Reconnecting With a Bigger Picture
The mitzvah to sanctify first fruits, called bikkurim, targeted materialism at its core. As a former city girl once said, “Anyone who thinks farming looks like fun has never been a farmer.” Cultivating fields and orchards is hard work.
Farmers dig up tough, angry topsoil, clear away rocks, wait for the right weather, fertilize, and then spend hours if not weeks planting seed. That’s just the beginning. Weeds and pests will destroy the crop unless someone is out there under the hot sun to clear them away. Today watering systems are a full-fledged industry. Imagine what they had to do before modern technology. For farmers, the to-do list goes on and on.
When you put something in your cart at Target, you feel like this is “my stuff”. Imagine how the farmer felt. By the time fruit finally matured on the branches, ancient Jewish farmers felt much more proprietary than any modern-day shopper. He had planted and toiled for months. Those beautiful first fruits were his fair and square. If anybody had the right to be proud and possessive, the farmer did.
Yet it was precisely at that moment that Jewish farmers let go. The Almighty was the One who blessed the farmer with blossoming orchards and fields. It was to the Almighty that the farmer owed allegiance and pride, not to himself.
Instead of making a proud false god of “me, me, me”, bikkurim brought material abundance back into perspective. Wealth was only a small part of a much bigger picture. Physical comforts and successes were not the ultimate purpose of life.
The ultimate purpose of life was, and is, a relationship and partnership with God. Can shopping at Target and enjoying a nice Starbucks coffee be a part of that? Of course, as long as they don’t become the alter upon which we sacrifice our marriages, our parenting, our mental health, and our precious hours studying and practicing Torah.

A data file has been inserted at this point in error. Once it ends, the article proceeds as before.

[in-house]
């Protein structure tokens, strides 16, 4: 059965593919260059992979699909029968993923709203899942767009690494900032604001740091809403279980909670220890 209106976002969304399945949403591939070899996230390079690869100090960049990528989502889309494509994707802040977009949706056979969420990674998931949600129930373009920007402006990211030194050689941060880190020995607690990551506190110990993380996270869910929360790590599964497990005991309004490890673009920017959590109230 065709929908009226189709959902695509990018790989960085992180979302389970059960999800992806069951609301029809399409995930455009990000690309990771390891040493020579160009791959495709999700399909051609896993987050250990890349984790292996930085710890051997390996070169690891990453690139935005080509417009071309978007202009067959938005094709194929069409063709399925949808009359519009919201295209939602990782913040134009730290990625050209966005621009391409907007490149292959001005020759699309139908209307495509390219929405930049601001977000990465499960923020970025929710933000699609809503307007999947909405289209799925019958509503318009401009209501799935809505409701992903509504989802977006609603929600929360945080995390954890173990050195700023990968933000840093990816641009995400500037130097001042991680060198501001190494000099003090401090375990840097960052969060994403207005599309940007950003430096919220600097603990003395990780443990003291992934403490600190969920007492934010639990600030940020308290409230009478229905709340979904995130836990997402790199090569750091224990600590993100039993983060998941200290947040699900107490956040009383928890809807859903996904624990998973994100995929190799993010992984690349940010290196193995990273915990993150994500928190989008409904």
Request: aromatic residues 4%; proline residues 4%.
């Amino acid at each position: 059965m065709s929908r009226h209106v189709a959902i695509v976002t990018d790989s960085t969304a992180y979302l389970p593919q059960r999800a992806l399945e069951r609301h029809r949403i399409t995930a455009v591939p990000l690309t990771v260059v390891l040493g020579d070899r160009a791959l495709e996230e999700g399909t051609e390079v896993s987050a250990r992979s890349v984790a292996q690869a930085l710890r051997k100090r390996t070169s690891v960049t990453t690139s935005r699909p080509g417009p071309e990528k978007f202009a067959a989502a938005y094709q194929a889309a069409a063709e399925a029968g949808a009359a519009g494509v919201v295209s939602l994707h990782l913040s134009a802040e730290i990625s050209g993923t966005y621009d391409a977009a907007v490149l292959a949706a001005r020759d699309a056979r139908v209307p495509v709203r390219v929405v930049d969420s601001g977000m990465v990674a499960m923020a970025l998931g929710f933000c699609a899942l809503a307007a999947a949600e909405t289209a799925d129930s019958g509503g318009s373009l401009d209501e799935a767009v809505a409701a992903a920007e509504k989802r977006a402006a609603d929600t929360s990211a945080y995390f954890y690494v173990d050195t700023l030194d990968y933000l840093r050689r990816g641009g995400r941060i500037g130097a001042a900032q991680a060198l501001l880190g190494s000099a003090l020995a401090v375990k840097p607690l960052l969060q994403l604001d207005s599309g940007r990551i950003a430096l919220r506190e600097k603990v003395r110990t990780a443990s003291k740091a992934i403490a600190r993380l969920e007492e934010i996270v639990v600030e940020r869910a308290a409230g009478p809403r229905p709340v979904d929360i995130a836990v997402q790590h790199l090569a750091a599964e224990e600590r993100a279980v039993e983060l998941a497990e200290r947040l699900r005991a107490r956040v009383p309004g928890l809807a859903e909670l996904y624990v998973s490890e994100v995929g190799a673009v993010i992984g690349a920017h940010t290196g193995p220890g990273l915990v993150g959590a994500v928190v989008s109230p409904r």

How do we, in the twenty-first century, maintain a bikkurim mentality?
Standing with his first fruits in the Beis HaMikdash, the ancient Jewish farmer would declare aloud:
“An Aramean [sought to] destroy my forefather, and he went down to Egypt and sojourned there with a small number of people, and there, he became a great, mighty, and numerous nation. And the Egyptians treated us cruelly and afflicted us, and they imposed hard labor upon us. So we cried out to Hashem, God of our fathers, and Hashem heard our voice and saw our affliction, our toil, and our oppression. And Hashem brought us out from Egypt with a strong hand and with an outstretched arm, with great awe, and with signs and wonders. And He brought us to this place, and He gave us this land, a land flowing with milk and honey. And now, behold, I have brought the first of the fruit of the ground which You, Hashem, have given to me.” (ibid 5-10)
It’s the ultimate rags-to-riches narrative, but who is the hero of the story? God is the hero! We were oppressed and He swooped in to save the day.
The farmer acknowledged that his fruits were not just the result of his individual hard work. They were the result and expression of a long, rich history. They were part of a puzzle forming a picture far more beautiful and satisfying than any single lifetime can compose. The Jewish farmer’s joy was not a small, selfish proprietary joy. His joy took place in the context of a relationship with God. That context gave his accomplishments a meaning and dignity that left no place for menial materialism.
So, too, our privileged modern-day lifestyles are a gift. We can use our material abundance as an exercise in gratitude and peace of mind. Or we can use our material abundance to fuel an endless rat-race of lust, self-absorption, dissatisfaction, envy and ultimately great suffering.
Do we remember where we come from as Jews? Do we live in humility, satiation and gratitude? Do our material lives contribute to our relationship with the Almighty? Do we use the convenience of Target to make more time for our families and our Torah?